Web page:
Long-term care coverage: A life insurance company’s response to rising interest from consumers

By Mike Roscoe

09/16/2016

Most people want to pass on some of their assets to children and grandchildren, but, at the same time they might be asking themselves, “Wait – what if I need that money to care for myself?” Suddenly, the desire to ease the burden of the younger generation’s college expenses or home purchase decisions might seem like less of a priority.

We’re seeing a great transition in American society. The baby boomer generation, born between 1946 and 1964, began turning 65 in 2011. This means that a large group of Americans is going to need long-term care (LTC) as they age into the longer lifespans produced by medical advances and healthier lifestyles.1

Complicating this picture is the fact that families today are more spread out geographically, so family members may not live close enough to each other to provide consistent care. They may also be working full time and not in a position to cut back their job commitments in order to care for a family member. At the same time, the need for LTC will continue unabated, despite the availability of caregivers.

Given the growing need, LTC coverage, and its attendant cost, is increasingly on people’s minds.  AXA Equitable Life Insurance Company (AXA Equitable) and other insurance companies knew they had to engage customers where they were on this issue. The market for LTC coverage has been a challenge for consumers: often characterized by steep price increases and, with some long term care policies (standalone LTC coverage), the requirement that the insured be housed in an extended-care facility instead of at home. Still others, who may have had standalone LTC coverage, never used it.

In devising a way to offer LTC-type benefits to customers. AXA Equitable and affiliate MONY Life Insurance Company of America (MLOA) began offering LTC coverage as a “rider” with some of its life insurance policies in 2006. The LTC rider, which may be used in lieu of some or all of the death benefit, can be provided at an additional cost.2 The rider allows the life insurance policy’s death benefit to be accelerated if the insured is chronically ill. If there is a need for life insurance coverage, the rider has some advantages over standalone LTC coverage in that it is generally less expensive and offers the assurance that the insured will not pay for something that he or she doesn’t use. In other words, the insured either uses the coverage for LTC or beneficiaries will receive a death benefit.

The coverage has become very popular, and many of our life insurance applicants apply for the rider. LTC coverage can be one of the “living benefits” of life insurance, one that increasingly resonates with customers who respond more favorably to a discussion emphasizing terms like “protection” than they do to talk emphasizing a “death benefit.” Today’s customers want us to place the emphasis on protection.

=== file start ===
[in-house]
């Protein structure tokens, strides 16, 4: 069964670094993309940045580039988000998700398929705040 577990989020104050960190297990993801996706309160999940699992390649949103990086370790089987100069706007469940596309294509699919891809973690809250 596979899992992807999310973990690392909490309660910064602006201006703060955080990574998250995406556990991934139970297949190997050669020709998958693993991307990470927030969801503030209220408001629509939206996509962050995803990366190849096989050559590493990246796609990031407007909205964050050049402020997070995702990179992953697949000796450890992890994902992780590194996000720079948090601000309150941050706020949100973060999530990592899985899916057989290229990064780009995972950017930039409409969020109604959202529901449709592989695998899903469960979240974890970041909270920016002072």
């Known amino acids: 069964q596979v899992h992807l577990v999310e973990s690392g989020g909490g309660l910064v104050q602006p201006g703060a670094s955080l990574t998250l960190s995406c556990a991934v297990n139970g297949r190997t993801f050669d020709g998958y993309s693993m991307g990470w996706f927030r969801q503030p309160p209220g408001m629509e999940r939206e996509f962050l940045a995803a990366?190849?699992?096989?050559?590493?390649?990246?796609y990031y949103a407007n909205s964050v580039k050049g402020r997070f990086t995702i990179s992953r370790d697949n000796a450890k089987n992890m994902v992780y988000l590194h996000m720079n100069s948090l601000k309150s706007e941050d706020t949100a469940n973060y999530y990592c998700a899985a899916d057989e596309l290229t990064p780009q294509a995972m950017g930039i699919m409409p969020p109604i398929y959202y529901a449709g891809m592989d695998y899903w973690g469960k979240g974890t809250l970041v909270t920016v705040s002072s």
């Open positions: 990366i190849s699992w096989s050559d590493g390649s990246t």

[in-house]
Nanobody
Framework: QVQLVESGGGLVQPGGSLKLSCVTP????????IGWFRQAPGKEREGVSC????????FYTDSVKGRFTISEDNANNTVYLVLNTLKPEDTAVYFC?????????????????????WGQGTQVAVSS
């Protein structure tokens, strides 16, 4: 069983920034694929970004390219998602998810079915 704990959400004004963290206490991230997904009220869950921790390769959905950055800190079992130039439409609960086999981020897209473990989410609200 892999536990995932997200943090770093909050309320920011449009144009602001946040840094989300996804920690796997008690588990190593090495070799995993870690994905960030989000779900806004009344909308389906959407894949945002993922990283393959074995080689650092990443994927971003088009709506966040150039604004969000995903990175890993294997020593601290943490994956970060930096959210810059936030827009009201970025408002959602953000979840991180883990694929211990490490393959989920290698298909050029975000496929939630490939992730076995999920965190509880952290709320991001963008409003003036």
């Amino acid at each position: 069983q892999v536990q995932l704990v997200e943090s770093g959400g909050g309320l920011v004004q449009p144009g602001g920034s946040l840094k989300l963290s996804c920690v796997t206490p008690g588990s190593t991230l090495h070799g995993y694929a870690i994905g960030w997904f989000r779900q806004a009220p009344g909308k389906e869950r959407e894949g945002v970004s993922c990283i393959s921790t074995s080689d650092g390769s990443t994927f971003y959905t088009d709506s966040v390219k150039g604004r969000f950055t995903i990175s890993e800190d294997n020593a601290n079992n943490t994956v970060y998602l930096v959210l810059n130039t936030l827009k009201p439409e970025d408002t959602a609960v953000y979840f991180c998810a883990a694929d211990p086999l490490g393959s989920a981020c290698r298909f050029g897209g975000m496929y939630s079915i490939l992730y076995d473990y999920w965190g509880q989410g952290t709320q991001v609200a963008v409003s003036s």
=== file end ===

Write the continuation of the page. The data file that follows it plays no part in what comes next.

Simply put, today’s families need options that were not available to their parents, and the changing demographics of the American family call for products that, in many cases, will align better with their particular circumstances. Addressing the needs arising from LTC is critical not only for customers, but also the insurance industry.

When assessing their insurance needs, it is important for consumers considering the option of purchasing a life insurance policy with a long-term care rider also consider their need for life insurance coverage. They should be aware that since the rider is an acceleration of the life insurance policy’s death benefit, there is only one pool of money for both the long-term care benefit and the death benefit. Also, both riders and standalone long-term care policies may have unique features such as inflation protection riders, joint spousal benefits and/or discounts to compare and contrast..

Mike Roscoe is head of Life Product Development for AXA in the US.

Long-term care riders have restrictions and limitations and may not be available in all jurisdictions or may vary. For more detailed information on costs and coverage consumers should contact their financial professionals.

Life insurance products are issued are issued by AXA Equitable Life Insurance Company (AXA Equitable), NY, NY or affiliate MONY Life Insurance Company of America (AZ stock company, administrative office: Jersey City, NJ). Variable products are co-distributed by AXA Advisors, LLC and AXA Distributors, LLC. AXA Equitable. MLOA, AXA Advisors and AXA Distributor are affiliated companies and do not provide tax or legal advice. Consumes should consult with their own tax and legal advisors regarding their individual  circumstances. AXA Equitable and MOA are solely responsible for their own obligations.

GE-116625 (08/2016)

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